This year’s Oscars and the Best Picture mix-up gave me the perfect excuse to explore one of my favourite topics – how humans make mistakes and why we so often, fail to prevent them.

As everyone not currently living in a jungle without access to electronic media knows, the wrong movie was announced for best picture because the wrong envelope was given to presenter Warren Beatty.

It seems so simple – a distracted PwC representative (and who wouldn’t be in that environment) hands the wrong envelope to Warren Beatty. Simple human error, right? Shoot the perpetrator and move on… Yes and no.

When something like this happens, the media (and many of us) howl for someone’s head because – we collectively wonder – “How could they stuff up so badly?”

The more spectacular the mistake, the more vengeance that is demanded and despite living in the Internet age and considering ourselves socially evolved, many still want blood in some form when someone makes a mistake, commits a crime or causes an accident. (Just listen to the fans at a sports event when the umpire gets a decision wrong!)

The urge to punish, harks back to the beginning of human history and is demonstrated by the masses that until relatively recently in our history, would come out to witness witch burnings, beheadings or hangings, regardless of whether the ‘guilty’ person was in fact guilty.

The problem is that while vengeance or punishment might be satisfying and can have a damping effect on the intentional violation of rules, (although if it was really effective we would have no-one in prison) it is entirely ineffective in preventing mistakes.

Mistakes are a normal result of the limitations of human cognition. We all make mistakes. Mistakes come in many forms but essentially, are an unintended outcome from a specific action.

So can we prevent mistakes? No – and anyone who tells you otherwise, does not understand human cognitive limits and the behaviour that can follow.

It is quite simply impossible to create a mistake-free world, but we can do a pretty good job of preventing mistakes from having a negative outcome, by creating systems and processes that trap them. It is in this that PwC seems to have failed spectacularly. How?

For convenience, they had a system of duplicate envelopes with the details of the winners in each category and this allowed presenters to enter from different sides of the stage, presumably to make the flow on and off stage, more efficient.

However, this was such an obvious opportunity for error to creep in, it should have been held in check by a protective system – perhaps something as simple as disposal of the spare envelopes, following the announcement of each category. Had this happened, no amount of distraction would have caused the eventual chaos and embarrassment that occurred, and the PwC representatives would not have to be in hiding…

So, as we slowly put down the flaming torches and pitchforks, it might be helpful to work out where the human error sequence actually began. After all, this is the only way to prevent the same thing from happening again.

In reality there were numerous places where this error might have been trapped and embarrassment avoided – beginning with the design of the process for handing out the envelopes, the lack of a 2-person verification system as each category approached and finally the lack of an envelope disposal system, as each category was announced.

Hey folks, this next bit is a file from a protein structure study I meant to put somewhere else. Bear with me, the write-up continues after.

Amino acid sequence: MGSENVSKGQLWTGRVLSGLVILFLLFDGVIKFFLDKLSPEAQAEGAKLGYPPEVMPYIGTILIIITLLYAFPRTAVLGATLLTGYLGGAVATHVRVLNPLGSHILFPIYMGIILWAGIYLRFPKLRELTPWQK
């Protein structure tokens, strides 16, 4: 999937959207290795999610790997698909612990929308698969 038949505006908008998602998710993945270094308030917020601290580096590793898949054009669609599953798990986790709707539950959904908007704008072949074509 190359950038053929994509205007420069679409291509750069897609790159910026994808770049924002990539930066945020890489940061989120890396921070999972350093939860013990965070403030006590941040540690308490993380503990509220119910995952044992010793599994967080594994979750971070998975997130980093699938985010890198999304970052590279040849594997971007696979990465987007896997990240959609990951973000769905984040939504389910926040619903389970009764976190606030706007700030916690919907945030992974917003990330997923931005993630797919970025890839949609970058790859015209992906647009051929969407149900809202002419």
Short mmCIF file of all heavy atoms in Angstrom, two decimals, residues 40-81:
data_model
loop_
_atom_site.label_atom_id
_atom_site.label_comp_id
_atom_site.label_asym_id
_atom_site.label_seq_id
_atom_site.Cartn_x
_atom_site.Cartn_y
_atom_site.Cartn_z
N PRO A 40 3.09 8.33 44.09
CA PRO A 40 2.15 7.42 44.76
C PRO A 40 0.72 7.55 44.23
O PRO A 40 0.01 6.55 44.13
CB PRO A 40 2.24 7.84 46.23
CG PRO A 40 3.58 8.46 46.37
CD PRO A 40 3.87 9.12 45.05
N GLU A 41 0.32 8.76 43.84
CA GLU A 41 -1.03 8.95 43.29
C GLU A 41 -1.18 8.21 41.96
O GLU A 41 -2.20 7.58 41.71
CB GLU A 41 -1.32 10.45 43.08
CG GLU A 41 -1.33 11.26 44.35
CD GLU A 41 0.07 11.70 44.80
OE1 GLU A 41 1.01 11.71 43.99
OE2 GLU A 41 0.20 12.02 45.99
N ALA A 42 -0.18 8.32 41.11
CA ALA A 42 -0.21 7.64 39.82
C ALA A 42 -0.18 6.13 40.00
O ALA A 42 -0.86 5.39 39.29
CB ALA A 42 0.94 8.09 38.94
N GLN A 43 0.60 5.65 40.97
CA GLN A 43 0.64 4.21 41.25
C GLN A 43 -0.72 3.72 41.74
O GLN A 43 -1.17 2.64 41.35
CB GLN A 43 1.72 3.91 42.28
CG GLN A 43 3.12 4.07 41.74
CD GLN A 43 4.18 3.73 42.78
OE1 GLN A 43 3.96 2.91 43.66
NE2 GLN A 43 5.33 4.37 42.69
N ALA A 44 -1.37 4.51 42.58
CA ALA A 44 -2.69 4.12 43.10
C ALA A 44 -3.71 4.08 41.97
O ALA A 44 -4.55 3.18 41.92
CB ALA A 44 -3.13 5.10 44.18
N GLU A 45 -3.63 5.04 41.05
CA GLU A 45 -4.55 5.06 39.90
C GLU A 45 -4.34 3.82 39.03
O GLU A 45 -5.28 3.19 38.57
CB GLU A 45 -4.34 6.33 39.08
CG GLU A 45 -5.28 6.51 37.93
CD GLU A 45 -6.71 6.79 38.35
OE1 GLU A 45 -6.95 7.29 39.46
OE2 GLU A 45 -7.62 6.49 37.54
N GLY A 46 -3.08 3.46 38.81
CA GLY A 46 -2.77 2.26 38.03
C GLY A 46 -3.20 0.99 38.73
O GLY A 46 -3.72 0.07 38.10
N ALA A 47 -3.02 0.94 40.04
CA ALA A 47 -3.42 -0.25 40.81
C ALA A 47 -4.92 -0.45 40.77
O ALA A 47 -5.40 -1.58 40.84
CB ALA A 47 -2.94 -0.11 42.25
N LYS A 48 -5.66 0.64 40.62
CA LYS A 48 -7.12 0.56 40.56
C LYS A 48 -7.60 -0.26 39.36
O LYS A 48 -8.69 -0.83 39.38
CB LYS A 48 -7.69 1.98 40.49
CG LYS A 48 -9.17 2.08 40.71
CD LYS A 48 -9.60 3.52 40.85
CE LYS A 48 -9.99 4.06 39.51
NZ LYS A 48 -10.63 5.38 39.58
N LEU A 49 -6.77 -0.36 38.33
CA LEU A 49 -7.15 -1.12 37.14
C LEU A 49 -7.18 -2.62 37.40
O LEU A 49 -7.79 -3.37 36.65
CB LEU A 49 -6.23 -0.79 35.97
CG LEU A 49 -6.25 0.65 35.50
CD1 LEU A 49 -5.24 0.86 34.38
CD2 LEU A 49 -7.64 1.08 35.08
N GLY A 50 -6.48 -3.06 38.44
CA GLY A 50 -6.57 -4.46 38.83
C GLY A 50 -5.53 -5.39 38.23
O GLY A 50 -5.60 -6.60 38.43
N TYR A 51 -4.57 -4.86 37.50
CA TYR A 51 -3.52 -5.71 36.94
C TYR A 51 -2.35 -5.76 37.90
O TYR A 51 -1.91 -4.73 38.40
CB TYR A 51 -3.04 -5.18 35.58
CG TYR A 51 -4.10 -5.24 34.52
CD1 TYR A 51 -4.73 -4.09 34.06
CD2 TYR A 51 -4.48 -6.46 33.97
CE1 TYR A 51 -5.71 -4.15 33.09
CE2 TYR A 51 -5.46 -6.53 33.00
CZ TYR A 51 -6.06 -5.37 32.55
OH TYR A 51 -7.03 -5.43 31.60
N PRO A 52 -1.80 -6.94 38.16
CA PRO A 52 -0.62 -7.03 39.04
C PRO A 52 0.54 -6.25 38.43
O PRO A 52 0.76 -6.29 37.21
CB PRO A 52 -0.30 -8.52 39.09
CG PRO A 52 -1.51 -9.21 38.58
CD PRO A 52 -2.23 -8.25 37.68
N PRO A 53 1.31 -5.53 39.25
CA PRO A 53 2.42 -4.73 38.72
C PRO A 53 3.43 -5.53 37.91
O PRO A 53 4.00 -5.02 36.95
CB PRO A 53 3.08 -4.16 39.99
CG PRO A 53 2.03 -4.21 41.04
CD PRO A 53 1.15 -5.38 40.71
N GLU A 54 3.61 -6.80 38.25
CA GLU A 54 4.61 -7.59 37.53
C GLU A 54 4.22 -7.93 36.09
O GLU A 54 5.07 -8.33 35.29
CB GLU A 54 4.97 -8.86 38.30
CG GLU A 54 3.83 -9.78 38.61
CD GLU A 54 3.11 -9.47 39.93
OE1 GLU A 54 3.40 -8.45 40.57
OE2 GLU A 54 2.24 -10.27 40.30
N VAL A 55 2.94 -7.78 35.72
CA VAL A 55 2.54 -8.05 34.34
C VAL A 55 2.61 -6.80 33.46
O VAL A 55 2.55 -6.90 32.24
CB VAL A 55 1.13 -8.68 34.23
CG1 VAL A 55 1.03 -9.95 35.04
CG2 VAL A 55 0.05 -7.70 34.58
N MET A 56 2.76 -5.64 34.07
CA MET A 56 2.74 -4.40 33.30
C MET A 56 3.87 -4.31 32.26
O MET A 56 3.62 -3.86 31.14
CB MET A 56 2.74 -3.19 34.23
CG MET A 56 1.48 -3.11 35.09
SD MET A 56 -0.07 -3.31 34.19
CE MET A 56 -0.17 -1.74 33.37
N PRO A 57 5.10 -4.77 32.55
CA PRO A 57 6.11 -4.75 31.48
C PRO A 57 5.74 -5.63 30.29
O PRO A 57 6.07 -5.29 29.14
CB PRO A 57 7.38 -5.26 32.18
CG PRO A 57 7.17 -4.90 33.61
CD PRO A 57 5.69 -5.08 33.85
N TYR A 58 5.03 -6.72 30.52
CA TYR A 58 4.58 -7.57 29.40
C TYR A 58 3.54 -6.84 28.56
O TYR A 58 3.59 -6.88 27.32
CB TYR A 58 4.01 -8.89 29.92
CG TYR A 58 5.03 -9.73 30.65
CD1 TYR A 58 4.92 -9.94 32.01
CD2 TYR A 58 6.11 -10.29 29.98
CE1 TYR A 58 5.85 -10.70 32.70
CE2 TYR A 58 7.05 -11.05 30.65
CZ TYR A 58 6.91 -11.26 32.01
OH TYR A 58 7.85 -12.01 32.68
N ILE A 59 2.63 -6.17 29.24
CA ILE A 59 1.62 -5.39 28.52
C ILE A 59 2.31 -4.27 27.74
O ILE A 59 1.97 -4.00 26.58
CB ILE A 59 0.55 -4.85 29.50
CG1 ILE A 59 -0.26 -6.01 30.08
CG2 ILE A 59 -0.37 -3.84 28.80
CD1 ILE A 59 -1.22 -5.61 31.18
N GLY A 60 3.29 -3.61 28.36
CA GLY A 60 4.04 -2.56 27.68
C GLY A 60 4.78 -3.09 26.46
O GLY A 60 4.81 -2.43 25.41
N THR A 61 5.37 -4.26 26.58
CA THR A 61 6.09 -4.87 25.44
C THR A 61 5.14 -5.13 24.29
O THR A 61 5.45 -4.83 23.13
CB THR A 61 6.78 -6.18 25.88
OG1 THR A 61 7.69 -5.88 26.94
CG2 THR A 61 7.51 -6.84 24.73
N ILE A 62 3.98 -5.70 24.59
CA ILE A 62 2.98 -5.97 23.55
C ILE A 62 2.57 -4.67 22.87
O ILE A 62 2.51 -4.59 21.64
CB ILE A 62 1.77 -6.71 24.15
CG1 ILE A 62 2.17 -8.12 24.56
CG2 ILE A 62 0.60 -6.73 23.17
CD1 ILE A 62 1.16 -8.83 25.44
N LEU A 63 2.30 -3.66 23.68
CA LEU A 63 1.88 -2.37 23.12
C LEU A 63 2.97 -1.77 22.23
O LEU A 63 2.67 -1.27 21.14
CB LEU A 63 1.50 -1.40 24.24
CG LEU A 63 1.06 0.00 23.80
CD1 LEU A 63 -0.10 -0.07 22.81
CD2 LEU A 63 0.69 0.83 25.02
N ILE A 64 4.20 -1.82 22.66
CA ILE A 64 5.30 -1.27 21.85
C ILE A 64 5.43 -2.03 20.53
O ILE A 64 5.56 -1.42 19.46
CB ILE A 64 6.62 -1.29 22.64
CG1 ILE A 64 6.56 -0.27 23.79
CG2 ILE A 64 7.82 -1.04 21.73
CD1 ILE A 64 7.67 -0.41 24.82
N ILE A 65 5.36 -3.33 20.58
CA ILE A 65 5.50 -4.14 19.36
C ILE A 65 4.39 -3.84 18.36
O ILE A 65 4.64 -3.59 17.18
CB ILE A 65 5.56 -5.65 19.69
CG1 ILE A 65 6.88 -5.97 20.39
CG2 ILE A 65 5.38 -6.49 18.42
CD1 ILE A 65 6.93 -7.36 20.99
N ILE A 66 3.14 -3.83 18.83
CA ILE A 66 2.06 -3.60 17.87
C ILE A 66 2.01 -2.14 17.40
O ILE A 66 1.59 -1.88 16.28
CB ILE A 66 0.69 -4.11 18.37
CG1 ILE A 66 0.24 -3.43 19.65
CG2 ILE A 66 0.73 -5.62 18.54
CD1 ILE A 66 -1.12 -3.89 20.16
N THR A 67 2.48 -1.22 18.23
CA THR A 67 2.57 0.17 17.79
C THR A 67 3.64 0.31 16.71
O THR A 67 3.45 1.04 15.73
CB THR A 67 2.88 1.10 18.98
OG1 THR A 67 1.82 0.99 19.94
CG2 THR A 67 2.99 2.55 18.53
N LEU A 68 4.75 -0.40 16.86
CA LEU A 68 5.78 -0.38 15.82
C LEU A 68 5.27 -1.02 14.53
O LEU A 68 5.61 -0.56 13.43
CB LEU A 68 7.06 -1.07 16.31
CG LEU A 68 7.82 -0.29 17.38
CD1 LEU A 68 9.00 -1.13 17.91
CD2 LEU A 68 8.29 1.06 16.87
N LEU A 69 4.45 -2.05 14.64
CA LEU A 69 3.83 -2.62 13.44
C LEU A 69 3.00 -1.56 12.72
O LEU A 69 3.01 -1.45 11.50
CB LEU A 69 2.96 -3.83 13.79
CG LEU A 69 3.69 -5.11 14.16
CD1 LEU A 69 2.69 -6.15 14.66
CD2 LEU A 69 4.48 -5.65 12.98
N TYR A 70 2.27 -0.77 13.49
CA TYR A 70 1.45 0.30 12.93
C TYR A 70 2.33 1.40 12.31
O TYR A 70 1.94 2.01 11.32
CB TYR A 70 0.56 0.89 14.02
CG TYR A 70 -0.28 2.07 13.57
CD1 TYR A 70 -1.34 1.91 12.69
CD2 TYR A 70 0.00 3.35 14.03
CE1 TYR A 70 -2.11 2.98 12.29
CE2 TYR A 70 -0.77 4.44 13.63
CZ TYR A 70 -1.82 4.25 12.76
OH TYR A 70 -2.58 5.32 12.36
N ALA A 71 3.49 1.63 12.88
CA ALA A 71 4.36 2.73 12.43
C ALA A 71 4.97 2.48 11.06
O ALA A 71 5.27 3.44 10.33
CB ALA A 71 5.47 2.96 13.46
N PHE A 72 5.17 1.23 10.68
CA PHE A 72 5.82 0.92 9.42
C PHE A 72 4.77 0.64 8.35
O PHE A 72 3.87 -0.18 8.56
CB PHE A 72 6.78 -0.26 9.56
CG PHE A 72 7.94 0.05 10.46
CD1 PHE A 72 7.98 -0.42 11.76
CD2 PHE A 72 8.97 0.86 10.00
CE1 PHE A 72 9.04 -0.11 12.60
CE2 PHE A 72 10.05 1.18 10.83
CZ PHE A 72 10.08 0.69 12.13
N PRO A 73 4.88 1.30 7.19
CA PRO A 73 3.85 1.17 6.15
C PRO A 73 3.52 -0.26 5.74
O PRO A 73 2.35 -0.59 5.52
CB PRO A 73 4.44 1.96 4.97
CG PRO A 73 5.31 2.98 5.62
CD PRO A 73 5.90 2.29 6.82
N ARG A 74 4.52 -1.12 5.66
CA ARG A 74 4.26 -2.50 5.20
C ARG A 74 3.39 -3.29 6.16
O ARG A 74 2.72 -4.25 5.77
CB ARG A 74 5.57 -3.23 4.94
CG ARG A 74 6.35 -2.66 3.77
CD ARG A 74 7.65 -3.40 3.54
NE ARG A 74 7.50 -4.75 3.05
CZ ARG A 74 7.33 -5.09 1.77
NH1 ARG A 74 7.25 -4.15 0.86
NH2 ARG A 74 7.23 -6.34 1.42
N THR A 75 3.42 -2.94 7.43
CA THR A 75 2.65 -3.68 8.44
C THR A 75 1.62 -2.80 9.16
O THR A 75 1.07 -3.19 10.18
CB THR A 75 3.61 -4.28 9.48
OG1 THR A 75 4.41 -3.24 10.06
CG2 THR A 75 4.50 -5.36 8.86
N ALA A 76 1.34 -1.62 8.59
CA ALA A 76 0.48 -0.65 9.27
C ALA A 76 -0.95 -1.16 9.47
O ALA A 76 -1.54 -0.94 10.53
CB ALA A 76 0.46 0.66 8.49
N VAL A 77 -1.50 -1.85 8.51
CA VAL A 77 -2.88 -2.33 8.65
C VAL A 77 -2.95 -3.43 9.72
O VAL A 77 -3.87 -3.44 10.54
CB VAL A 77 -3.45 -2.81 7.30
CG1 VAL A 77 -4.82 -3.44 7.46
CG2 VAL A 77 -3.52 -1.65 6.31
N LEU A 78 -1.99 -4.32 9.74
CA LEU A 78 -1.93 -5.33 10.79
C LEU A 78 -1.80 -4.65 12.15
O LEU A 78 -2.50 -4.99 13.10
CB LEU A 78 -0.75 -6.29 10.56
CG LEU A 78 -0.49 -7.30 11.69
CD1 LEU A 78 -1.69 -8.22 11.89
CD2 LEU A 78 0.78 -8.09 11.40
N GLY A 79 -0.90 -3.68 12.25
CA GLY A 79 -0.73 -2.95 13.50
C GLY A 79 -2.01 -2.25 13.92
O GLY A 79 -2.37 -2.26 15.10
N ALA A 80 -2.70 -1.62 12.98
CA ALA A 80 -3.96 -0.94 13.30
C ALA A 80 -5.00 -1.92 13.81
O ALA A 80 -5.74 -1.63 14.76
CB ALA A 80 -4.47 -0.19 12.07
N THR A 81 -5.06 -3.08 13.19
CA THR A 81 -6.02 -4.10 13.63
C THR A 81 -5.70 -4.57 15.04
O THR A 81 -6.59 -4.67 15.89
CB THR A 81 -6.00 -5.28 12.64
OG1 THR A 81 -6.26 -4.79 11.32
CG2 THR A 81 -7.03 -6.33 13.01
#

The person handing the envelopes to the presenter, was simply the last domino to fall. Laying all the blame at the feet of the PwC person handing out the cards may be convenient but will not solve the problem of a re-occurrence. The system needs to be changed.

This is where cries of derision usually erupt, objecting to ‘blaming the system’ for our own faults and yet this is an approach that can dramatically reduce mistakes which create negative outcomes and in fact, has transformed safety in many industries, beginning with aviation, which has become the safest form of transportation ever devised.

In aviation safety, the concept of ‘pilot error’ was retired long ago (although the media doggedly hangs onto it for effect) and instead, the entire environment in which mistakes occur is scrutinised, sometimes beginning as far back as the design of the aircraft. Aviation leads the world in the understanding of what we call Human Factors – the cognitive and behavioural weaknesses in humans, that lead to mistakes and in creating systems that trap errors before they cause harm. We proceed with the absolute certainty that humans are incredibly creative and will, inadvertently, find a way around whatever error prevention process we put in place, so we diligently work to create layered defences of processes, actions, double checks and warnings that keep us all safe in the air. Importantly, pilots and engineers are usually not punished for mistakes (as distinct from intentional violations) and are encouraged to self-report errors so that lessons can be learned.

How effective is this approach to preventing negative outcomes from mistakes?

In 2015 3.2 Billion people flew on the world’s airlines yet there was not a single loss of a jet airliner and no resulting deaths. In the same period 1.2 million people died on the world’s roads. That’s quite a contrast…

So next time you are tempted to unload on your favourite error-prone employee, ask yourself, “How much of this do I (or the organisation) own?” Then set about examining the whole picture, not just the hapless individual in your cross-hairs.